The following request for comments
is closed. Community consultation completed, discussion now inactive for years. – Ajraddatz (talk) 02:46, 16 January 2017 (UTC)
|This community consultation has the goal to determine what is the stance of the community regarding the recent surge of open data, what should be its relationship with our projects, and gather proposals to handle these open data sets more efficiently in order to benefit editors, readers, and enable potential partnerships.|
Thanks to initiatives like the one lead by the Open Knowledge Foundation, more and more governments are opening their data in platforms like CKAN. Also, scientists part of the Open Access movement disclose their data, which might be partially relevant to the Wikimedia movement mission. How should we adapt to this new situation? How does it affect our mission?
There is a whole world of open data and we have our own world, what is in the middle?
Which kind of data are we talking about
By datasets we refer to:
- static data tables that are used in Wikipedias (see DataNamespace for some examples)
- data that is used to generate visualizations (like those enabled by Graph extension)
- data that is better handled in batches (hence the name "dataset")
- data that doesn't fit into Wikidata (see below)
Relationship of datasets with Wikidata
Wikidata was created as a collaboratively edited knowledge base, which means that its community has to be selective when integrating data into its structure for several reasons.
- Information overflow: on Wikidata contributors and data coexist to create semantic structures that can be queried in several ways. Adding too much data, might make data curation impossible (think of copy-pasting text dumps into Wikipedia)
- Structure of the project: Wikidata is conceived in a way that each relevant piece of information is stored in its representing item (a city item stores its population), which is great for adding contextualized data, but difficult when this data is just relevant for a specific graph.
- Software limitations: on Wikidata each field is supposed to be editable. That requires formatters and widgets, which would render the pages unusable when the number of elements is in the range of hundreds or thousands. Datasets do not need to be edited, just versioned as a whole, like files in Commons.
Even with Wikidata not being the right place the data structure of Wikibase (the software powering Wikidata) should be kept into account.
Examples of external dataset platforms
There are other projects that are dealing with datasets in different ways.
CKAN is an open source data management system used by governments to disclose their data. There are (as of May 2014) 83 instances running. Dataset example: "2011 Annual Report for the Vancouver Landfill"
ZENODO is developed by CERN under the EU FP7 project OpenAIREplus. Their goal is to make as much European funded research output as possible available to all. Example: "Conversion of fluoride and chloride catalized by SAM-dependent fluorinase in Nocardia brasiliensis"
Figshare is another platform for sharing data, but close sourced. e.g. "Life history traits and maximum intrinsic population growth rate of 107 chondrichthyan species".
Potential use cases
Cooperation with governments
Together with the Open Knowledge Foundation Austria and the Cooperation Open Government Data Austria, Wikimedia Austria is currently establishing an open data portal that will host non-governmental open data in Austria. Open data is an important part of free knowledge and often serves as a valuable resource for Wikimedia projects. Some of this data will be incorporated into Wikidata, but in some other cases it won’t be possible (reasons described above). However it it might be still interesting to use some datasets for visualization purposes. Wikimania '14 submission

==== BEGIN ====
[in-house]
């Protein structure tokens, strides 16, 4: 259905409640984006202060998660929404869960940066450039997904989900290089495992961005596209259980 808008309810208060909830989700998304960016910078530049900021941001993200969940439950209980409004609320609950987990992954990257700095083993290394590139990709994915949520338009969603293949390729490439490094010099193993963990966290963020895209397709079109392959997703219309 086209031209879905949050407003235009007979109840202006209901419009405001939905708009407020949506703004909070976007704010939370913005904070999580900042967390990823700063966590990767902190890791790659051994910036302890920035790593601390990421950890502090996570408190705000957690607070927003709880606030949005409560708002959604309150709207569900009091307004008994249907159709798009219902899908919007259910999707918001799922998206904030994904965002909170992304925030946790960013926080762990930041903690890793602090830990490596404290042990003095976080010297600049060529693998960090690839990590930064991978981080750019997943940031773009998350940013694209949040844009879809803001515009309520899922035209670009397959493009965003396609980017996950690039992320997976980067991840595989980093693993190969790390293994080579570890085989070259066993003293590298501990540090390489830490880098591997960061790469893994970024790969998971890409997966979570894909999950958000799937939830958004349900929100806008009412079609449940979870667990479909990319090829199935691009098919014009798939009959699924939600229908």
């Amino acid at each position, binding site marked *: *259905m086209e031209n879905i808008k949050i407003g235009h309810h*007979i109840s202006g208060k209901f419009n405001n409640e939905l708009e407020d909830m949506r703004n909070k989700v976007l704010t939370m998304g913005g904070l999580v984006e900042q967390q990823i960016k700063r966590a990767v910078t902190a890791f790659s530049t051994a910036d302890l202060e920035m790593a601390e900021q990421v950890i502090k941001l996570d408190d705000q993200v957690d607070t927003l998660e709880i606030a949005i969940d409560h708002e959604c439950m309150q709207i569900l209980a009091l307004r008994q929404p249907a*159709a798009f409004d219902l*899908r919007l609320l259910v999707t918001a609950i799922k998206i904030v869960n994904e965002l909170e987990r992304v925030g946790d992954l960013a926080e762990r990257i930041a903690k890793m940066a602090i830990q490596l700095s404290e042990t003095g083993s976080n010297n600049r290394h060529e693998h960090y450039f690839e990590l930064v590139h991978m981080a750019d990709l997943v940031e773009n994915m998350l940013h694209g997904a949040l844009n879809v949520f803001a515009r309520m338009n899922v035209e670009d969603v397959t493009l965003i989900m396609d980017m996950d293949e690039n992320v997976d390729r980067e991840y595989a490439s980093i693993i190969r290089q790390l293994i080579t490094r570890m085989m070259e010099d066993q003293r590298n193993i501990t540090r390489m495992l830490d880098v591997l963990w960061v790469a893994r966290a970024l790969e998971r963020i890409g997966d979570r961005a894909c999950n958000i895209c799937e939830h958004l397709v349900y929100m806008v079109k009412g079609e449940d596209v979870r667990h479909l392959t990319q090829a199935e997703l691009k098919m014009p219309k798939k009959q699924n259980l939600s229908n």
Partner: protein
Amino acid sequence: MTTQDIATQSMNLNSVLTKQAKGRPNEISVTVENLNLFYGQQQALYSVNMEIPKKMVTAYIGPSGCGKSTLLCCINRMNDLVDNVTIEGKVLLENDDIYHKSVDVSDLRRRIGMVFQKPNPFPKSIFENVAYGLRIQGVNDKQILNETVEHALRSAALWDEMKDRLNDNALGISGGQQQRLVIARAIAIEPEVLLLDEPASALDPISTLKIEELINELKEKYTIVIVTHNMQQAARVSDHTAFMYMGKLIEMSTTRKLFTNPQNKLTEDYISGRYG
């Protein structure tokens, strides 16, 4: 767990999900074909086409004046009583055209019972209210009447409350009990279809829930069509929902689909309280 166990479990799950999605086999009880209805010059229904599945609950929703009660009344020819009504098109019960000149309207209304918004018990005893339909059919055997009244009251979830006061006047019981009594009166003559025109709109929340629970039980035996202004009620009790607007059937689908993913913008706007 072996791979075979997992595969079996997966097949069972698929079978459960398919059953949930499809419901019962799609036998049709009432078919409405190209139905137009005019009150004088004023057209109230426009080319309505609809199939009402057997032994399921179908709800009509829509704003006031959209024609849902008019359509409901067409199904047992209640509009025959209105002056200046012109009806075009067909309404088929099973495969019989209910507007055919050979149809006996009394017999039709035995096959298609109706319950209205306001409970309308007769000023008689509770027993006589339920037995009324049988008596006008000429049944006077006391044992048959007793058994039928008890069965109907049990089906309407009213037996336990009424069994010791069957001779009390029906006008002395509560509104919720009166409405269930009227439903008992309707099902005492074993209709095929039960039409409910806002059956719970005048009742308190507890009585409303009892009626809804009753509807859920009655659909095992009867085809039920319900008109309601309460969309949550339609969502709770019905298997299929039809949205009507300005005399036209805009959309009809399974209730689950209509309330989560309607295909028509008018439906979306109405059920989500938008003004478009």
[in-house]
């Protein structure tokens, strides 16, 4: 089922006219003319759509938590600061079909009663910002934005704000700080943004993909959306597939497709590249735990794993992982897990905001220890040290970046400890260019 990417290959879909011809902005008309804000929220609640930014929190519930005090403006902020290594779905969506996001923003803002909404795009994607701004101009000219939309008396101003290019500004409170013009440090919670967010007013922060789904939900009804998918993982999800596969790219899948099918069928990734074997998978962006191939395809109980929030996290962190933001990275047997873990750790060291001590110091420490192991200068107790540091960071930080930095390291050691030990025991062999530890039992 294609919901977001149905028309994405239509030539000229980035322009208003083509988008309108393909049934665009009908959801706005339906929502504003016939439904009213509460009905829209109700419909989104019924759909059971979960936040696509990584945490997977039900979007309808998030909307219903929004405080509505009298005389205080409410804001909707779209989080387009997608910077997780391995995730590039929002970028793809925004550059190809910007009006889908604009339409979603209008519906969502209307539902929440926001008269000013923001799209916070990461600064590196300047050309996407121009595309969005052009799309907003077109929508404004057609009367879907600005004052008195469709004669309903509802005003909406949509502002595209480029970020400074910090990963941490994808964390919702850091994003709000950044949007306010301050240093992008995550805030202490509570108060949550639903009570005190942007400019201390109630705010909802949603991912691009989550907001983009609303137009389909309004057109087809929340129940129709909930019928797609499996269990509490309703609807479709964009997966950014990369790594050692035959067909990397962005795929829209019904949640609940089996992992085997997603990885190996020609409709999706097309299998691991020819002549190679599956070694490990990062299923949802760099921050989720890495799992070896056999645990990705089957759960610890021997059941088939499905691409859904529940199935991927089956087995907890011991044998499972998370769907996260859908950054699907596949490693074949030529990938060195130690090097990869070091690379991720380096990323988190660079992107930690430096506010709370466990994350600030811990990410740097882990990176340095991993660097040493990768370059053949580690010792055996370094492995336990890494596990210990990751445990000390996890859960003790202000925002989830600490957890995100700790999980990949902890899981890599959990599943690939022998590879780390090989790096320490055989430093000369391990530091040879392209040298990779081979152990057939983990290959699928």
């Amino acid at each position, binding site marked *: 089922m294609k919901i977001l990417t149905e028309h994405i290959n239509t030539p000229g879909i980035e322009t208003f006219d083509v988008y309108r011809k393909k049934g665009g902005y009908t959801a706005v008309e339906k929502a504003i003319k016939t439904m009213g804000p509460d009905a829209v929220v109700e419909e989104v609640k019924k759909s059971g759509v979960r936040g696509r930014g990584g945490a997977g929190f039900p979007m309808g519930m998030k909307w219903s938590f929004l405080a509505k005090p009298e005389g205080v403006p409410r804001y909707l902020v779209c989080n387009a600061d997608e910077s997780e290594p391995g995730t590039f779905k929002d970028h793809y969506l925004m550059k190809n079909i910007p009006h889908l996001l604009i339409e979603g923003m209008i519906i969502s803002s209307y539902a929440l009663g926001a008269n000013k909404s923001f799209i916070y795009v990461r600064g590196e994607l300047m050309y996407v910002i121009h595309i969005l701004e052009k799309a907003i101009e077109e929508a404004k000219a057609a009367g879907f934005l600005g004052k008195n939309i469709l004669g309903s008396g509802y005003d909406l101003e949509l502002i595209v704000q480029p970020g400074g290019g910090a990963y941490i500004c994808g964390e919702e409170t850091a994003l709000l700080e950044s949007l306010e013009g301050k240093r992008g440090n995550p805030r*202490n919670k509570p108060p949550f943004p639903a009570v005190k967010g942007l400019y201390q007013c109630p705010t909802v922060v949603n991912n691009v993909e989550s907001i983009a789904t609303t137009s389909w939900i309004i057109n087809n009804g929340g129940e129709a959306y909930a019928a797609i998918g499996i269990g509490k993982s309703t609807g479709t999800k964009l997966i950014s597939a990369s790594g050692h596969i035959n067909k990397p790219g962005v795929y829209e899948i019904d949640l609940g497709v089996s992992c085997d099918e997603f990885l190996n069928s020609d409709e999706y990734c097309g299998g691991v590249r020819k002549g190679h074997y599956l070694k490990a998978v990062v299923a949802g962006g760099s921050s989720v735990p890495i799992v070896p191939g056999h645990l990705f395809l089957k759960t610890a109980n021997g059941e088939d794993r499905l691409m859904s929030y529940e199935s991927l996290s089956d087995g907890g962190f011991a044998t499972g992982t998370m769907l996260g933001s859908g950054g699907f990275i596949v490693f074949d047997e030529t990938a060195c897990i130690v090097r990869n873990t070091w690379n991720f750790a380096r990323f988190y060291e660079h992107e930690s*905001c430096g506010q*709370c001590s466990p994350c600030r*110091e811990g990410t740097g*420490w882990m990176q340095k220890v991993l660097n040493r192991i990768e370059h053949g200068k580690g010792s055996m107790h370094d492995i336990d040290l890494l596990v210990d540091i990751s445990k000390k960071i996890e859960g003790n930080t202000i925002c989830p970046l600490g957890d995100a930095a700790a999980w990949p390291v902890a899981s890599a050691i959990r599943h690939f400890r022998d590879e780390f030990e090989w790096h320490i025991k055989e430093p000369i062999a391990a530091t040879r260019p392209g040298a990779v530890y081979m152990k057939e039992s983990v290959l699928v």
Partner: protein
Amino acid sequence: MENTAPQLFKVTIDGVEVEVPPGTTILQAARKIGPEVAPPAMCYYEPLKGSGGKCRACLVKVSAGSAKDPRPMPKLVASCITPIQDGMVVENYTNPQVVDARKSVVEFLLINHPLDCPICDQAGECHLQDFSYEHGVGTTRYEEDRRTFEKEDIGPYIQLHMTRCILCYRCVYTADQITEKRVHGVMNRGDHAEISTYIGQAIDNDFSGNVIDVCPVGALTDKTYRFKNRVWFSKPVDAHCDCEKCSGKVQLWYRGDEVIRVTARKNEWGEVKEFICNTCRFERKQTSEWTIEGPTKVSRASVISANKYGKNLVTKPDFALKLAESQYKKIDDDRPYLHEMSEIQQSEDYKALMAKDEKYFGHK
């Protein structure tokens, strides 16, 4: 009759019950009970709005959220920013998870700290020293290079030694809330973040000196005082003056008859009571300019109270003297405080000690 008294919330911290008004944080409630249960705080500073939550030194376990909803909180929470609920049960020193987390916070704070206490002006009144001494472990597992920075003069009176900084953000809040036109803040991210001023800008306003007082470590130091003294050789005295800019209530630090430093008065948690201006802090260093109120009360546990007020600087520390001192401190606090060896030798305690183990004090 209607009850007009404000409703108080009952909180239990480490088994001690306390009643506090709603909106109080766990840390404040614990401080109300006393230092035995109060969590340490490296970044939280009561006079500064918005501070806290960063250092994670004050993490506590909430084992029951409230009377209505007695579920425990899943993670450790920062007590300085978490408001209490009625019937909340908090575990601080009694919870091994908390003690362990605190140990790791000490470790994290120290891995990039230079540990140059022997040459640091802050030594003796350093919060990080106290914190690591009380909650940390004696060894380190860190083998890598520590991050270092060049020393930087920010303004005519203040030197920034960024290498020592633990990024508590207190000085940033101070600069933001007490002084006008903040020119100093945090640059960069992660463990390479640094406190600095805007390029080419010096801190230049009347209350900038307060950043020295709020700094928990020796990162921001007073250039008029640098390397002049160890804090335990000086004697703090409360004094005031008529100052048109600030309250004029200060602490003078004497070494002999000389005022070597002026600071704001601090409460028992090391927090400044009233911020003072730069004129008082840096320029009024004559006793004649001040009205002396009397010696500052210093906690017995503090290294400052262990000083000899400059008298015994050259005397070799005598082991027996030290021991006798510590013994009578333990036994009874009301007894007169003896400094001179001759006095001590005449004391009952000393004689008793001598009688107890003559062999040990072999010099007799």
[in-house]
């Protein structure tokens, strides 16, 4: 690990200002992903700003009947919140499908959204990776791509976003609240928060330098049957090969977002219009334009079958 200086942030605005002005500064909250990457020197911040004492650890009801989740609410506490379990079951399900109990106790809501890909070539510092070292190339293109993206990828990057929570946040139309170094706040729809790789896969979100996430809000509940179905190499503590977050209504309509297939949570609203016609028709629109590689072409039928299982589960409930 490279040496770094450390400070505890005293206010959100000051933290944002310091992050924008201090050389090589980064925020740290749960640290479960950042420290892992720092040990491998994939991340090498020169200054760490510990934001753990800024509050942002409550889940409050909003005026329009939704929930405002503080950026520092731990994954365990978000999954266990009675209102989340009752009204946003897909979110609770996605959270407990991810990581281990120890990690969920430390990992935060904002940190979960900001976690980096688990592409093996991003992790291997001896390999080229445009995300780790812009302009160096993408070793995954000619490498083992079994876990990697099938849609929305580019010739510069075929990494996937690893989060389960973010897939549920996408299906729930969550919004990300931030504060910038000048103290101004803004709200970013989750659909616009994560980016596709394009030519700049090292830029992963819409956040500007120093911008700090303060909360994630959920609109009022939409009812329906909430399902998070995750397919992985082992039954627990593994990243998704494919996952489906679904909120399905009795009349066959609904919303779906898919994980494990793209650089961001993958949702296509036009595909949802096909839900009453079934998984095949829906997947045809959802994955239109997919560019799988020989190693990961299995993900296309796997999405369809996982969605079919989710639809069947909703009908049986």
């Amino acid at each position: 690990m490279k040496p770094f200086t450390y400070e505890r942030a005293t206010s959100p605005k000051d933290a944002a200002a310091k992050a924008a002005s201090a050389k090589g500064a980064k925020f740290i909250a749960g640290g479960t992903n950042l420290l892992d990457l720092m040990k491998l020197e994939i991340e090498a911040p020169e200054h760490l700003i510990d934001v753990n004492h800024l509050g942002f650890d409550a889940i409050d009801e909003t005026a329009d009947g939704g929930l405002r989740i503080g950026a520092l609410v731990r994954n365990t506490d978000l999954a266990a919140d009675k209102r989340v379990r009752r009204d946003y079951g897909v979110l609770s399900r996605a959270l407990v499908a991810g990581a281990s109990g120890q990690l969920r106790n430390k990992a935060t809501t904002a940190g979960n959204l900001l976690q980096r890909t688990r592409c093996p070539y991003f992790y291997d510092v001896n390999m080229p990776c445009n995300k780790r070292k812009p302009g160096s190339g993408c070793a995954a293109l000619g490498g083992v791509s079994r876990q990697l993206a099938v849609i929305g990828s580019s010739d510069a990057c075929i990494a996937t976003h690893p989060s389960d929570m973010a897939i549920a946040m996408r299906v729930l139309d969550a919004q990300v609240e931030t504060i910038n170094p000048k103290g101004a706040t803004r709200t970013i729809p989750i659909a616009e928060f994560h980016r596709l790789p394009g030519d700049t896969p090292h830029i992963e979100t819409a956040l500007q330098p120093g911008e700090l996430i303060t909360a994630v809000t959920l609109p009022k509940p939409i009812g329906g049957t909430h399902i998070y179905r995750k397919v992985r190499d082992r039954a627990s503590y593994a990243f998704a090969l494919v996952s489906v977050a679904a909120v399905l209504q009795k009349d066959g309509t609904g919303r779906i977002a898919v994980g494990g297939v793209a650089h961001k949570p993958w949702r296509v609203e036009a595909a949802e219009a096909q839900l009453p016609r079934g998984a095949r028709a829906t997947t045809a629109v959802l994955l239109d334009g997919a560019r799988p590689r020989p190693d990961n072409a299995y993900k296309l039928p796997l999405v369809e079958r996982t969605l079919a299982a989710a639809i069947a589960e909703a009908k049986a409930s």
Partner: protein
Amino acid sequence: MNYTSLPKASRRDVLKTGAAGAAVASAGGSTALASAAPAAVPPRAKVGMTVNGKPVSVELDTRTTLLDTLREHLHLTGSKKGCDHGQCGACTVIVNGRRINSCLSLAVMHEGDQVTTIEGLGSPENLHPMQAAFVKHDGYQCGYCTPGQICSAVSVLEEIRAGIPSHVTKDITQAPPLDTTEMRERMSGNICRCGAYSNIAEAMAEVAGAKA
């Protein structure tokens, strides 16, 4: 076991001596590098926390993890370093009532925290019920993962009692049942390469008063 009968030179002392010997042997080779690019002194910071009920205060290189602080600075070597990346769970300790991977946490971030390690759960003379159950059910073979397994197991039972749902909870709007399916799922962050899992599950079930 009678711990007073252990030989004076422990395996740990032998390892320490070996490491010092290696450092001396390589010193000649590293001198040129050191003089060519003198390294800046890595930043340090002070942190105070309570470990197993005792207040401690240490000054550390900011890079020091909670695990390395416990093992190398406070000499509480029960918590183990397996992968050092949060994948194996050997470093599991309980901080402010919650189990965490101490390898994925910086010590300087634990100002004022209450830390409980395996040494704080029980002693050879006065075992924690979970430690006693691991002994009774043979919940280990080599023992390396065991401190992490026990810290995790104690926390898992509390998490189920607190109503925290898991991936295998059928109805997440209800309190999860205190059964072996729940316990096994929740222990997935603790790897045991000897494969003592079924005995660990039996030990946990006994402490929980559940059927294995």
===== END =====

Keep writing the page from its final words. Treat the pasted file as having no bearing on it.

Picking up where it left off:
See also projects like CitySDK
Partnerships with citizen organizations
Recently Amical Wikimedia was approached by OCMunicipal, a citizen organization whose aim is to monitor town hall spending. In order to achieve this they engage citizens and journalists to process the data. Once it is processed and standardized it becomes more useful and aligned with our knowledge divulgation mission. It would also help in their mission if potential partners and contributors would know that their work can be reused in Wikipedia.
The Analytics team from the Wikimedia Foundation generates a great deal of valuable information that has to be formatted in cumbersome wikitext in order to be published. Their work would be much easier if a tool to manage datasets was available.
Better management of existing tables
As outlined in a previous proposal (see DataNamespace), there is a great deal of information in Wikipedia pages that cannot be shared in different language editions. It is also hard to update when there is new data available, and, as explained above, it doesn't always belong to Wikidata scope.
With an extension using a visualisation language like Vega, we could support rendered visualisations, even live visualisations, in Wikipedia.
Here some open questions to spark a constructive discussion:
- What should be the relationship of Wikimedia projects with external datasets? Should we import them whenever possible or just link them?
- In case that datasets were in the scope of the Wikimedia movement vision, since both Commons and Wikidata have different scopes, where to store them and how to maintain them?
- Should a technical solution be sought to complement the perceived gap?
- There have been many technical changes recently, is the community ready for yet-another-tool? If not, has to be limited to people working in outreach activities?
- Would it make your job as editor more complex or easier to have an additional tool to deal with datasets?